Background: Violence in the workplace is a serious social and public health problem. The objective of this study was to estimate the prevalence of workplace violence and to identify potential predictors of workplace violence at Serbian Primary Health Care (PHC) centres.
Methods: A cross-sectional study was conducted between October 2012 and July 2013. The sample consisted of medical and non-medical staff employed at PHC centres in Belgrade, Serbia. Among 1757 currently presented at work, 1526 returned the questionnaires. The data were collected by questionnaire Workplace Violence in the Health Sector-Country Case Studies, developed by the ILO/ICN/WHO/PSI. Binary logistic regression was conducted to assess the association between exposure to workplace violence and sociodemographic and work-related characteristics.
Results: The prevalence of workplace violence, was 803 (52.6%), with 147 (18.3%), exposed to physical violence. Multiple logistic regression models indicated that the following work-related characteristics were positive associated of workplace violence with working between 18:00 and 07:00 h [odds ratio (OR): 1.37, 95% confidence interval (CI): 1.08-1.73], nurses as a professional group (OR: 1.91, 95% CI: 1.16-3.17), working with preschool children (OR: 0.56, 95% CI: 0.34-0.91). There was negative association of workplace violence with encouragement to report violence (OR: 0.61, 95% CI: 0.49-0.76) and the number of staff in the same work setting (OR: 0.73, 95% CI: 0.56-0.96).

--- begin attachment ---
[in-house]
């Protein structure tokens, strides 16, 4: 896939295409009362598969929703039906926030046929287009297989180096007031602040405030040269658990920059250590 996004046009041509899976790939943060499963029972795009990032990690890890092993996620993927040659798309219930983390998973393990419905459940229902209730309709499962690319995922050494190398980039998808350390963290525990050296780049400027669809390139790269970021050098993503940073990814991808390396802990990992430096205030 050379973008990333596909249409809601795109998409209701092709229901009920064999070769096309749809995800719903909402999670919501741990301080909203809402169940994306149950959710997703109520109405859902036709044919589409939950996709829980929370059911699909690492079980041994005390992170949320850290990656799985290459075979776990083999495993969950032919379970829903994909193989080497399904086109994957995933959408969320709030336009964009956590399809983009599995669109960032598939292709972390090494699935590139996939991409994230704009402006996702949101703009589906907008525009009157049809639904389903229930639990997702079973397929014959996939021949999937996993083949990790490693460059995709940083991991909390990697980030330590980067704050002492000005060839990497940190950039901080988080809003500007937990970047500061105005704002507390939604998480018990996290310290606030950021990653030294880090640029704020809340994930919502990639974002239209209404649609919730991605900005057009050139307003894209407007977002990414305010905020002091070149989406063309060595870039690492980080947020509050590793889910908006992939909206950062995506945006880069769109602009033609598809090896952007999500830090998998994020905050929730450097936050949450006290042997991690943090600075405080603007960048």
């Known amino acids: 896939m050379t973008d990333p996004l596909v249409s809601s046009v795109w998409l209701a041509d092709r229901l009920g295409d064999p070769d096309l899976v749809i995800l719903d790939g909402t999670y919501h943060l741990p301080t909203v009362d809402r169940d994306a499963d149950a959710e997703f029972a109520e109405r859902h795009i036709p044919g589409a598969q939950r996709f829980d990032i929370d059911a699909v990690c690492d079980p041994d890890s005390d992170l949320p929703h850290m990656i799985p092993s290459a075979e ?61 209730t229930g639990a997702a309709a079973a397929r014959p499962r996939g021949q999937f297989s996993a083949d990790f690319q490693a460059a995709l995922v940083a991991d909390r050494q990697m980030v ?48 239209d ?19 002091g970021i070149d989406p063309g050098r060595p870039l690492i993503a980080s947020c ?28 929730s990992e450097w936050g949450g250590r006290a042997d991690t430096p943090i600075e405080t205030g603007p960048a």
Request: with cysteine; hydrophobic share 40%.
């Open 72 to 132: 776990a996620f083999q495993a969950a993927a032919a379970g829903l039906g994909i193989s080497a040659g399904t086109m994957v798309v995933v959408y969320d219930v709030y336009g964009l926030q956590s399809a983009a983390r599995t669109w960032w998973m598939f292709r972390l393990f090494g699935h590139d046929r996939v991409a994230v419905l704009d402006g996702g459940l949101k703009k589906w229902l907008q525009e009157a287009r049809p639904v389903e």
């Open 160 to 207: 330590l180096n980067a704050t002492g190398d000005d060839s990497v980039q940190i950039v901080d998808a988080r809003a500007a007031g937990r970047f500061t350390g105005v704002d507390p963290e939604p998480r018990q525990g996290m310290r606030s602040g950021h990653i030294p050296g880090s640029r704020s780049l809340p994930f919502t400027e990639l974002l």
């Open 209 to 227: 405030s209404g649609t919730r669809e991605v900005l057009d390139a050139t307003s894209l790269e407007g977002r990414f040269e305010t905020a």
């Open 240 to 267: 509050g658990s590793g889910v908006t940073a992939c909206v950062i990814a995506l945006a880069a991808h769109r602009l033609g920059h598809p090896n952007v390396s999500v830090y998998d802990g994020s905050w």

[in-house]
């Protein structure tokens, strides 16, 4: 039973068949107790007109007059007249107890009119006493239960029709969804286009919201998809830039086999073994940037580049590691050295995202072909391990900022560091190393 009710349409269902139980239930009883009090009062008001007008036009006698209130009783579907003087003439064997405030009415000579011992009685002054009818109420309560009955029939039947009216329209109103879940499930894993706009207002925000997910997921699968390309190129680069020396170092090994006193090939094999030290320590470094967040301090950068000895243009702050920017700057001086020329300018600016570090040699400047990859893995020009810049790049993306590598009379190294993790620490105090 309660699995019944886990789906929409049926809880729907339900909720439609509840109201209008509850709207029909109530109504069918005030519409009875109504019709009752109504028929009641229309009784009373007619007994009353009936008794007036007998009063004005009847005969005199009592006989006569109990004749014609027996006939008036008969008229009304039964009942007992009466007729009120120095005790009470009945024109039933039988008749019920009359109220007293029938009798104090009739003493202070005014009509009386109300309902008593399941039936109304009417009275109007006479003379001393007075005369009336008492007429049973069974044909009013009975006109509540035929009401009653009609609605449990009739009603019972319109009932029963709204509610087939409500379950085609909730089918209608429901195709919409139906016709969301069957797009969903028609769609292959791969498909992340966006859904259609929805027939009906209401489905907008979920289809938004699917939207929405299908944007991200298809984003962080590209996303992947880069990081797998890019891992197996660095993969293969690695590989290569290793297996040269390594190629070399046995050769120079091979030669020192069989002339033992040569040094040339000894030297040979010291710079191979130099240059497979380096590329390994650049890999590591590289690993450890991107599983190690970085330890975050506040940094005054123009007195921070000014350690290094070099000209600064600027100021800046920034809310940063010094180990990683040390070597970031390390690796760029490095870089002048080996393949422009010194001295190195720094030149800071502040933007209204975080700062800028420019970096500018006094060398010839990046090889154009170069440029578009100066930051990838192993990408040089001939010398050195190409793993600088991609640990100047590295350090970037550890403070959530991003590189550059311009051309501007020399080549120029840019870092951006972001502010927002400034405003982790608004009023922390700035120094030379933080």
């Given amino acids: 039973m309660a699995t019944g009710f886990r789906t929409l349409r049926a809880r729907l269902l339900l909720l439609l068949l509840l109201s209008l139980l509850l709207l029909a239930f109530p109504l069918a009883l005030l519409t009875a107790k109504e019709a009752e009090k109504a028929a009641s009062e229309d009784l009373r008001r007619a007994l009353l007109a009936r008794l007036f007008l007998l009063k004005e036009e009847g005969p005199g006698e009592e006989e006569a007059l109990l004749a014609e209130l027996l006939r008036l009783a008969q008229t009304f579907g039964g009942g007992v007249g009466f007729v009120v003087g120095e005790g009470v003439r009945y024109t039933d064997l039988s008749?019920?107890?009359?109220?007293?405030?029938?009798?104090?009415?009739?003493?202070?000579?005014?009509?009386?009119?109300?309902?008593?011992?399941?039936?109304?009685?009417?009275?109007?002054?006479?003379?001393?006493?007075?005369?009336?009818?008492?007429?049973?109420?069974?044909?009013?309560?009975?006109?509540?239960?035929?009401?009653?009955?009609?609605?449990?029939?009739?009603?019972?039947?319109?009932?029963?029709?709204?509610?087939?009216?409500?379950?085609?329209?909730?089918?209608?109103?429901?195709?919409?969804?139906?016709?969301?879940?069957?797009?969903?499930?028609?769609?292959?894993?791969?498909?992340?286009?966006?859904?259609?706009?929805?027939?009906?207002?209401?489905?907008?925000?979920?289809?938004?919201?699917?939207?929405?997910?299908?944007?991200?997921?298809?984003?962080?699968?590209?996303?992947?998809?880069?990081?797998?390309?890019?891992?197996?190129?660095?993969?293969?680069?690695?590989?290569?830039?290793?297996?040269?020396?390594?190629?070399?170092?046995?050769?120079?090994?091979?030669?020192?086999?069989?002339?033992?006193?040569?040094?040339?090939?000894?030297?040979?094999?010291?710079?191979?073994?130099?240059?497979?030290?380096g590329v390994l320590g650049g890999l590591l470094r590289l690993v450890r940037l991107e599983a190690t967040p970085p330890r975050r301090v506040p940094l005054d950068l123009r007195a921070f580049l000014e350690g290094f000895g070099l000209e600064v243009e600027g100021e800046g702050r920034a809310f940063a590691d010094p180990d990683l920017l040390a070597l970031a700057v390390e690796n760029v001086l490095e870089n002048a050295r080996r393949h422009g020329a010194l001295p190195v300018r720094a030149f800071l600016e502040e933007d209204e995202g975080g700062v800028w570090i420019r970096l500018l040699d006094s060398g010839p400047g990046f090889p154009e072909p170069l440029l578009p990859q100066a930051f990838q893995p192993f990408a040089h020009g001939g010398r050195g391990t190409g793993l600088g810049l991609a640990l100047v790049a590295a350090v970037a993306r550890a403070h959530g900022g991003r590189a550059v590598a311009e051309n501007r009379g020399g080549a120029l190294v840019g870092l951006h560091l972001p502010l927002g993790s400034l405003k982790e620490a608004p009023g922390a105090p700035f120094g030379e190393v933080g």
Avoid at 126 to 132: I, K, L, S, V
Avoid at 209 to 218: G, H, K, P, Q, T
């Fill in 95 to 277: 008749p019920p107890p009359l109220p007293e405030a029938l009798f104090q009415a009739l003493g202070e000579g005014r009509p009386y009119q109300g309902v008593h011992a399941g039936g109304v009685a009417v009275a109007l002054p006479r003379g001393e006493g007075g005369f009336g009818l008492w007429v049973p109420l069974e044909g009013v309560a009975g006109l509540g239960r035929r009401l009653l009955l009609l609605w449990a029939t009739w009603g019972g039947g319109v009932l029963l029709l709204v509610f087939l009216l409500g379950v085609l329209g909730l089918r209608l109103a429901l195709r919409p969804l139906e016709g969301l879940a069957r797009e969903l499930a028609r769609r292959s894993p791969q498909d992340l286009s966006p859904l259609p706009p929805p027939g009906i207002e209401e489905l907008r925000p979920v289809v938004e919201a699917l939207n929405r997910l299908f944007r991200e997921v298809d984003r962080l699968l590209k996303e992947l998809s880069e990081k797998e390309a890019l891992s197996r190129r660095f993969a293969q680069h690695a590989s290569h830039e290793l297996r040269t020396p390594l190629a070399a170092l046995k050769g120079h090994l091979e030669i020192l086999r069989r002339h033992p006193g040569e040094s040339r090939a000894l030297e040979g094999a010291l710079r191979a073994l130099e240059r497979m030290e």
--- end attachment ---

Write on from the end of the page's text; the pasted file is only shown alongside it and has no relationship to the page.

Conclusions: More than half of employees in Belgrade PHC centres were exposed to different types of workplace violence. There is a need for interventions to protect health workers and provide safer workplace environments.
© The Author 2015. Published by Oxford University Press on behalf of the European Public Health Association. All rights reserved.